Eddie Jordan and his Princeton offense were a flop in Philadelphia.
Team president and general manager Ed Stefanski fired Jordan on Thursday after one season as coach, saying the Sixers took an "unacceptable" step backward after two straight seasons in the playoffs. "What I thought would happen, did not occur," Stefanski said. "The decision was not the right one."
Jordan is finished after a woefully underachieving season that had the Sixers near the bottom of the Eastern Conference. Jordan was hired last summer and sold his Princeton offense as the way to turn them into contenders.
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Instead, players were unhappy with his system almost from the start and the Sixers struggled to put together any kind of winning streaks. The Sixers finished 27-55 and missed the playoffs for the first time in three years.
The Sixers will look for their fourth coach in three seasons. Stefanski, who’s been under fire for a series of ill-fated decisions, said he still has management’s support and will hire the next coach.
"We’re not starting over," Stefanski said. "We took a step backward."
Stefanski hired Jordan last May. Jordan, who starred at Rutgers, had ties with Stefanski from their four seasons together with the New Jersey Nets. Jordan, who was fired last season by Washington, has two years left on his contract and is owed $6 million.
Jordan said Wednesday he was "not concerned" about his job security before the Sixers lost to the Magic 125-111 to end the season. Jordan had said he anticipated a team meeting, player-exit meetings and taking his staff out to lunch Thursday.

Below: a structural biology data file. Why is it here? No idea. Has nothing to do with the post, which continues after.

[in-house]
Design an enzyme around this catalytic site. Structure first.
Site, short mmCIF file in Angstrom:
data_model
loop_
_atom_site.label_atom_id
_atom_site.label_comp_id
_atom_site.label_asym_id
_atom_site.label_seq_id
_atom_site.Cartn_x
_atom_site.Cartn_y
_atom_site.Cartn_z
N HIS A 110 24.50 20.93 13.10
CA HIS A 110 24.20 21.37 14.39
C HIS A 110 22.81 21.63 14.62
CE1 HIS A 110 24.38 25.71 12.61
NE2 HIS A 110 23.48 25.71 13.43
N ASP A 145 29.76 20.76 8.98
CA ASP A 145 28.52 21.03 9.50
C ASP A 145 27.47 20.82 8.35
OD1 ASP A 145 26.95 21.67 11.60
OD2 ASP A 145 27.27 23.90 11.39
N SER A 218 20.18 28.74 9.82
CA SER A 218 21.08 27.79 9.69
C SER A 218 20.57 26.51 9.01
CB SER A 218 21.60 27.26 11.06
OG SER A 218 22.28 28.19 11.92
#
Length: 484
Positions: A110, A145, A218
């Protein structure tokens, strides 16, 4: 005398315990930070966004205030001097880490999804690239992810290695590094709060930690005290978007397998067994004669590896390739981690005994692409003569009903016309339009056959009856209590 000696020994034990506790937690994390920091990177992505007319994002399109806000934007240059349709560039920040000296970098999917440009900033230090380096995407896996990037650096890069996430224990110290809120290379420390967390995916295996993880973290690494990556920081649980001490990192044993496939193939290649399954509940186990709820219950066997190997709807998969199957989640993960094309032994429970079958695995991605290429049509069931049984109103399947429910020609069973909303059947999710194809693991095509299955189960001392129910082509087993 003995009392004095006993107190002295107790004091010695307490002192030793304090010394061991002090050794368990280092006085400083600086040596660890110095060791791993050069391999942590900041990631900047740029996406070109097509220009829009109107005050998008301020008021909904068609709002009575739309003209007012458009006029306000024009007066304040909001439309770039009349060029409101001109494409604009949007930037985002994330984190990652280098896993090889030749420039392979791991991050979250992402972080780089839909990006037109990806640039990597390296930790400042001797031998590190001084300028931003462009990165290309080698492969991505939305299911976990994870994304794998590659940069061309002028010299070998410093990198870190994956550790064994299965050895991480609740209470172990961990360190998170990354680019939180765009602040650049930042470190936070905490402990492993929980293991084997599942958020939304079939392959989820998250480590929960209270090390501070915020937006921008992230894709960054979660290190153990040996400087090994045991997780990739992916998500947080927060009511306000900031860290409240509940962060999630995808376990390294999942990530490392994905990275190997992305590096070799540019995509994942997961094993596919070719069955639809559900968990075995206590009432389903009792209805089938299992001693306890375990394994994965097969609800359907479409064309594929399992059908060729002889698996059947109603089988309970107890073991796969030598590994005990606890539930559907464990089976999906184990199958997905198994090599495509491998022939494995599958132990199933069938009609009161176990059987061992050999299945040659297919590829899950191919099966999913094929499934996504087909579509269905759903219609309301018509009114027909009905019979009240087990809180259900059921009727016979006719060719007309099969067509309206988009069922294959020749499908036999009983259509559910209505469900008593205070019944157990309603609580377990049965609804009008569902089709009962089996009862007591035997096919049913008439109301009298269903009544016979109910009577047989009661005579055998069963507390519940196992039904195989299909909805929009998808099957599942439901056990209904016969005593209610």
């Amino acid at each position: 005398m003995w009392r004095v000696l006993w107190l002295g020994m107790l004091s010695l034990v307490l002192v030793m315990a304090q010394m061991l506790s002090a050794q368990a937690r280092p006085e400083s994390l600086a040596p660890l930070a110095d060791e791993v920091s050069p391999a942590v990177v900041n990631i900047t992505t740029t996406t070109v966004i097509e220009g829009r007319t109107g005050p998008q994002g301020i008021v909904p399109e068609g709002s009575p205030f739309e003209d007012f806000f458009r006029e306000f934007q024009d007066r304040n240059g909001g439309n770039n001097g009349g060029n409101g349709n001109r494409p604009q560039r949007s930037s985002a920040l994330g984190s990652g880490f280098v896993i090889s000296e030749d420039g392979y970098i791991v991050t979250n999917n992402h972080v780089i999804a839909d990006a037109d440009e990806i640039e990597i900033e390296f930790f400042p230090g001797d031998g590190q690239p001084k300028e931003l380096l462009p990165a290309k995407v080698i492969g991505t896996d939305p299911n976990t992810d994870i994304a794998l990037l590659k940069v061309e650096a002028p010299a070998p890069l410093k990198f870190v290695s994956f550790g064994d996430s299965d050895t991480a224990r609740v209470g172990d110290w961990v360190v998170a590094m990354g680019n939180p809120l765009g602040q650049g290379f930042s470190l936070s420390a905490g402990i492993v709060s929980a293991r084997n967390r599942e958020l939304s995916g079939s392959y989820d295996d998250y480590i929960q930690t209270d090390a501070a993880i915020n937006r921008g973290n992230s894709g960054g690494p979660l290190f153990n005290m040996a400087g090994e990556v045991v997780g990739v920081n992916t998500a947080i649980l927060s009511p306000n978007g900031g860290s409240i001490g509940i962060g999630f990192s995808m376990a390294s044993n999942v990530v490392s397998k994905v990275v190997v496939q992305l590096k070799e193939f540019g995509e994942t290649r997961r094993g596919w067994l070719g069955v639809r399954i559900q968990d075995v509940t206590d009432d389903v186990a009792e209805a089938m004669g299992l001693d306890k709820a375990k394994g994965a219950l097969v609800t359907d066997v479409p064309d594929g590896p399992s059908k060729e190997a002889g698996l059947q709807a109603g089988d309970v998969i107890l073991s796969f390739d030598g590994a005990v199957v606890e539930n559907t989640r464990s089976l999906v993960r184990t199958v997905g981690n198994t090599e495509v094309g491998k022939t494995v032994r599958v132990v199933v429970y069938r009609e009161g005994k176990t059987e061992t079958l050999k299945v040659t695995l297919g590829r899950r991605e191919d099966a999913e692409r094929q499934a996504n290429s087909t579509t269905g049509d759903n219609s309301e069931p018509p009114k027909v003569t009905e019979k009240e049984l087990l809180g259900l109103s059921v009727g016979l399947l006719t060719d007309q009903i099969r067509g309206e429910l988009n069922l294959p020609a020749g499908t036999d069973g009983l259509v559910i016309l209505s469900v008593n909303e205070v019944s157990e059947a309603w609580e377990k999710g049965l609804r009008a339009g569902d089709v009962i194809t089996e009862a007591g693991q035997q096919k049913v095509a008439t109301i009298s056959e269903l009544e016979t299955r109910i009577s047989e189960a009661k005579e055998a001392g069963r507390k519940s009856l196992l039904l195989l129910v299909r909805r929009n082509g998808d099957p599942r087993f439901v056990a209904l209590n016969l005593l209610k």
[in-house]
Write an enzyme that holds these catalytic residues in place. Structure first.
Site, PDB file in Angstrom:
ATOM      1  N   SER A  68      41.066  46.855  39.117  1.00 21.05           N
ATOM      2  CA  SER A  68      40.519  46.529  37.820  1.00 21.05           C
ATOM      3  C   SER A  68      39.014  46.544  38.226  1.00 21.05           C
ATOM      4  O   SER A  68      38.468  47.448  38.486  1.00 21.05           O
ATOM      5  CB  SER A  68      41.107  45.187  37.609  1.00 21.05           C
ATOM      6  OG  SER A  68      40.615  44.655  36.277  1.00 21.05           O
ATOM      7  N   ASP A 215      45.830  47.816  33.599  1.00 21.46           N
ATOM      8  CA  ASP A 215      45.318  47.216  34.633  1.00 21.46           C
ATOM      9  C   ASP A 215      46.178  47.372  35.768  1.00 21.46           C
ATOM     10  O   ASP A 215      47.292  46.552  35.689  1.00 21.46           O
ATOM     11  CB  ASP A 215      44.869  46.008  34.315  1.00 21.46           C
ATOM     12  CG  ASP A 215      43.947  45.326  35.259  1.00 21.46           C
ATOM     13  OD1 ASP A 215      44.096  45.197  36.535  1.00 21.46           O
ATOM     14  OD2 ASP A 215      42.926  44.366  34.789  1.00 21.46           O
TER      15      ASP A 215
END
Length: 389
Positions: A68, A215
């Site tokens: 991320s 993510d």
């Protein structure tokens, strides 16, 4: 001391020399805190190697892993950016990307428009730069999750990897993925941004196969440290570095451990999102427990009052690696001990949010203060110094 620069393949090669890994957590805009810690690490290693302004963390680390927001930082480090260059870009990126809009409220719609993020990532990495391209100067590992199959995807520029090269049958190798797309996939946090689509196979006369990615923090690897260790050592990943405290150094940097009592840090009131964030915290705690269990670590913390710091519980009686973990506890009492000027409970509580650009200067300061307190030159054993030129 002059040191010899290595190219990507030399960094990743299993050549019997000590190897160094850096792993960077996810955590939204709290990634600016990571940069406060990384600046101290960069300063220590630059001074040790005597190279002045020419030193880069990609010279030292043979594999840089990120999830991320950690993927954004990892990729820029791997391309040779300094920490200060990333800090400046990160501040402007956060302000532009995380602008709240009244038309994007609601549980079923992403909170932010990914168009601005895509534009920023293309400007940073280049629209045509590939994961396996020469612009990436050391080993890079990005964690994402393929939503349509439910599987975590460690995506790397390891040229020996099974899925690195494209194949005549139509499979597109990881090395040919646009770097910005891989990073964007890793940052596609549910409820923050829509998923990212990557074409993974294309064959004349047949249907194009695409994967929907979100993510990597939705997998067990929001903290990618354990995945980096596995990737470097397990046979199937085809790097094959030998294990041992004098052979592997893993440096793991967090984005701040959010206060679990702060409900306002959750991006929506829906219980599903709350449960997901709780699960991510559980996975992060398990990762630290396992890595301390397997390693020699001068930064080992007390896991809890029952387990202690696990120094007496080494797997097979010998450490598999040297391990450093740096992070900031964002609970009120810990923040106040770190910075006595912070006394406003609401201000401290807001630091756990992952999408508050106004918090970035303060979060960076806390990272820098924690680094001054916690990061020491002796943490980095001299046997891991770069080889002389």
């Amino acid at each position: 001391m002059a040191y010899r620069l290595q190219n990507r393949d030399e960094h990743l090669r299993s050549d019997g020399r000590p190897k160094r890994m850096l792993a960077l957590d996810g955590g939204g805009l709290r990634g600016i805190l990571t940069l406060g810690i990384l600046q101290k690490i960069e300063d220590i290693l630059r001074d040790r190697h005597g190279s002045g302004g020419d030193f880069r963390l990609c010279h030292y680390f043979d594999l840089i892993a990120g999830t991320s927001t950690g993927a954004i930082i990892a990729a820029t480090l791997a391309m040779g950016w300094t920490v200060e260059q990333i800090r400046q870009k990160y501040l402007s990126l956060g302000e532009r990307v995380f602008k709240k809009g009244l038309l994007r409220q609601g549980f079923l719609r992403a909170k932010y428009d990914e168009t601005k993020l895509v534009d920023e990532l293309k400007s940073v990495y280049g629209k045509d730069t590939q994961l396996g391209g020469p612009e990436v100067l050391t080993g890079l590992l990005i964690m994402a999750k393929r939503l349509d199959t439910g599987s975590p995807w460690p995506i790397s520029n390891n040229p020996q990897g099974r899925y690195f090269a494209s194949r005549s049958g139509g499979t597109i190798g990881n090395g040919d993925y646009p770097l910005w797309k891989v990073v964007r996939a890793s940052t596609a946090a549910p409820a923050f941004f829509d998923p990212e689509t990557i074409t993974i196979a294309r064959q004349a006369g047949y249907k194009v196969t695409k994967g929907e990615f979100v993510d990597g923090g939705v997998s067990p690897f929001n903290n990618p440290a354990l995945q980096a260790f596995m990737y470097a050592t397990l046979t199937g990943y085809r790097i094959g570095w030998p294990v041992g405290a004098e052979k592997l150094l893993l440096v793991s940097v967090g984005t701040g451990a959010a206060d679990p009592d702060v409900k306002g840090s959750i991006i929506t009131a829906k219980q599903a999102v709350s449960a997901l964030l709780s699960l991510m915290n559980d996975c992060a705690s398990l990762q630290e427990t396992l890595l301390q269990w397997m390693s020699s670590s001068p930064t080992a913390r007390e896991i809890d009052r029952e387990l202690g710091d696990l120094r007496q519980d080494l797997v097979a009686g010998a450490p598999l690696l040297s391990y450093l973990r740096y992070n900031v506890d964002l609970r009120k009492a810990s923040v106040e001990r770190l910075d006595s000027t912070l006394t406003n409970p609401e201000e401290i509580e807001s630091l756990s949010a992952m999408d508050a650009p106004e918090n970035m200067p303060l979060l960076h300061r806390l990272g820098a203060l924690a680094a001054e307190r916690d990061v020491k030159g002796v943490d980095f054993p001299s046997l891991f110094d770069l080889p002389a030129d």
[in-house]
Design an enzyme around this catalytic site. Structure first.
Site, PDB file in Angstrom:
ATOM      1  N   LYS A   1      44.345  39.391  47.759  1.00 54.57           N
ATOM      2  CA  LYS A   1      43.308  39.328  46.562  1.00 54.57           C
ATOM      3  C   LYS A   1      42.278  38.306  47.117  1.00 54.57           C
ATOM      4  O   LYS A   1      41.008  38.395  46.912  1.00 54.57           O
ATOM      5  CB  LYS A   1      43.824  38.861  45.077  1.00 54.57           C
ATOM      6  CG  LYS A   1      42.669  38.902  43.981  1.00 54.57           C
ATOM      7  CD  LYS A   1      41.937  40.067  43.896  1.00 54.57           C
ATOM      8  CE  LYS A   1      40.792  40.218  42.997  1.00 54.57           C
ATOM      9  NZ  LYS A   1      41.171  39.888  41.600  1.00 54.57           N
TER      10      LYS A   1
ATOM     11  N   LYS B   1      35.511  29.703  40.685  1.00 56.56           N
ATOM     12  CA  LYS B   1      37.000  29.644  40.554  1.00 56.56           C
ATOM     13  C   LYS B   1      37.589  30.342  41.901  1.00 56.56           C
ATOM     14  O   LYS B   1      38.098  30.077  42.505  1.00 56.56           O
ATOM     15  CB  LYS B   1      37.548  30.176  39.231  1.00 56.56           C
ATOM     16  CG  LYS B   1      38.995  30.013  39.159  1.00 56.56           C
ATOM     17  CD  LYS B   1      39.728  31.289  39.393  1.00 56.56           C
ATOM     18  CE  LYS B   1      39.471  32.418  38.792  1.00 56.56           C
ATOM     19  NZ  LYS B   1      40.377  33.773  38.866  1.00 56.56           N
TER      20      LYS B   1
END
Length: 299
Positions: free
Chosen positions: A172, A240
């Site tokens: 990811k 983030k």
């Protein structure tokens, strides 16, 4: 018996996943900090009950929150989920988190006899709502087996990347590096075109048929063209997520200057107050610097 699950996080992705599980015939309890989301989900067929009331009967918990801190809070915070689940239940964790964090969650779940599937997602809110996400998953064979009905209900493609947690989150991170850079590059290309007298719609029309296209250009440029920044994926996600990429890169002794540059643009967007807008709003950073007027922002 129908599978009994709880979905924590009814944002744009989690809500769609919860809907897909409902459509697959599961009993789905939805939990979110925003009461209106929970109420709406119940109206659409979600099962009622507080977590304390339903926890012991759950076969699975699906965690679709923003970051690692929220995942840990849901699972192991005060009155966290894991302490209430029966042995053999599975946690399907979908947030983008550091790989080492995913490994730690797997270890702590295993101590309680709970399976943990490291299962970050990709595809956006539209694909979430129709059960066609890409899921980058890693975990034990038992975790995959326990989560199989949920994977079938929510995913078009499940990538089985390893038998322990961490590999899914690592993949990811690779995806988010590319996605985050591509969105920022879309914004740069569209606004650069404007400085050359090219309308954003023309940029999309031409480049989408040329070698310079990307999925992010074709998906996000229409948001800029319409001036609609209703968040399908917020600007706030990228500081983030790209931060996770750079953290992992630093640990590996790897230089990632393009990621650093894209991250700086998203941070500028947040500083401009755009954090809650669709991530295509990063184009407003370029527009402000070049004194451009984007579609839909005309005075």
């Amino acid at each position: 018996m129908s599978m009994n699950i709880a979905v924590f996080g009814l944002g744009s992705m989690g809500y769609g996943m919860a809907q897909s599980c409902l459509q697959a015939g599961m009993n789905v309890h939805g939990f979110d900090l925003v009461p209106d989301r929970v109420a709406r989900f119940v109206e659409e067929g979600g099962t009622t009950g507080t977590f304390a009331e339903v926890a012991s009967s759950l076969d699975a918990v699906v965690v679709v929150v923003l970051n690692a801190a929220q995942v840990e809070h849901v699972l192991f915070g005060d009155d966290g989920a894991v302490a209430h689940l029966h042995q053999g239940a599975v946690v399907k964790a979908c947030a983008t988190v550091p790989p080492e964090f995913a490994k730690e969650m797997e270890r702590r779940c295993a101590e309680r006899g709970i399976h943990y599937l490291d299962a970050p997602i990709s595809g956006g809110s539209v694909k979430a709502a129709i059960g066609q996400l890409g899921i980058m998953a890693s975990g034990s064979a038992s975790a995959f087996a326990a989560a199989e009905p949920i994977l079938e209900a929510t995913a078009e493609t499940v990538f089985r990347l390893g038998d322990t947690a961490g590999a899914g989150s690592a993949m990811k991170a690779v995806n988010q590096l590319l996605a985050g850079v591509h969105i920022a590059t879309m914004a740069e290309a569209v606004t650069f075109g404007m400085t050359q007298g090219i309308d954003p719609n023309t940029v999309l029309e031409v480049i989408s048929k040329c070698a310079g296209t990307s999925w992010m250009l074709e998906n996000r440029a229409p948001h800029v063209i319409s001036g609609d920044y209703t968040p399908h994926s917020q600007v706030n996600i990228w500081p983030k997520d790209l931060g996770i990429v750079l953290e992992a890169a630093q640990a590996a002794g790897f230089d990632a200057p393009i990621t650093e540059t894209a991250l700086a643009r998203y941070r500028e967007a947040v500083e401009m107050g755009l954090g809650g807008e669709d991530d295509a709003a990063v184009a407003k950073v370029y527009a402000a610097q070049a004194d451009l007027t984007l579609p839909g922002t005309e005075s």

"If you want to be judged alone on the record, then we are where we are," Jordan said. "But as far as track record, as far as how the league works, as far as evaluating your personnel, maybe we need more time."
He won’t get any more.
Jordan’s dismissal had been widely speculated for months. His hire was panned by fans and media from the day he arrived and the players never warmed to the Princeton offense.
Marreese Speights, Thaddeus Young and Lou Williams were among the promising core of young players whose progress took a major step back this season. Elton Brand hasn’t performed up to the $80 million contract Stefanski gave him two summers ago, Samuel Dalembert was his usual erratic self and Andre Iguodala continued to prove he can’t carry the franchise.
The decision to bring back former franchise great Allen Iverson was a short-lived bust.
"Overall, we were confused," Dalembert said Thursday. "A lot of guys were confused. We didn’t know what was going to happen each day."
The Sixers could undergo a roster shakeup.
"We will have to make changes, no question," Stefanski said.
Philadelphia was the Eastern Conference’s No. 6 seed last season, eliminated in the first round by the Magic in six games. Now the Sixers are headed for the draft lottery. Their only key loss was point guard Andre Miller.
"They judged the team from their performance last year and the personnel lost," Jordan said. "Obviously, the personnel changed, maybe, maybe expectations should change. Maybe."
Brand was healthy for the first time in three years, but the power forward who was once a 20-10 regular, was often benched for long stretches and crucial fourth quarters. Jordan openly criticized Brand and Dalembert’s effort and missing defensive awareness after a loss last week.
No one expected the Sixers to contend for the Eastern Conference title. But this kind of steep drop-off was a surprise.
"Forget the Princeton offense, we should have been focused on defense," Dalembert said.
This move could be seen coming in January when Stefanski refused to say Jordan’s job was safe for the rest of the season with the team off to a 10-25 start, nor did he offer a single word of praise for his first-year coach.
Jordan had a 230-288 record as coach of the Washington Wizards and Sacramento Kings, but Stefanski gave him a three-year deal.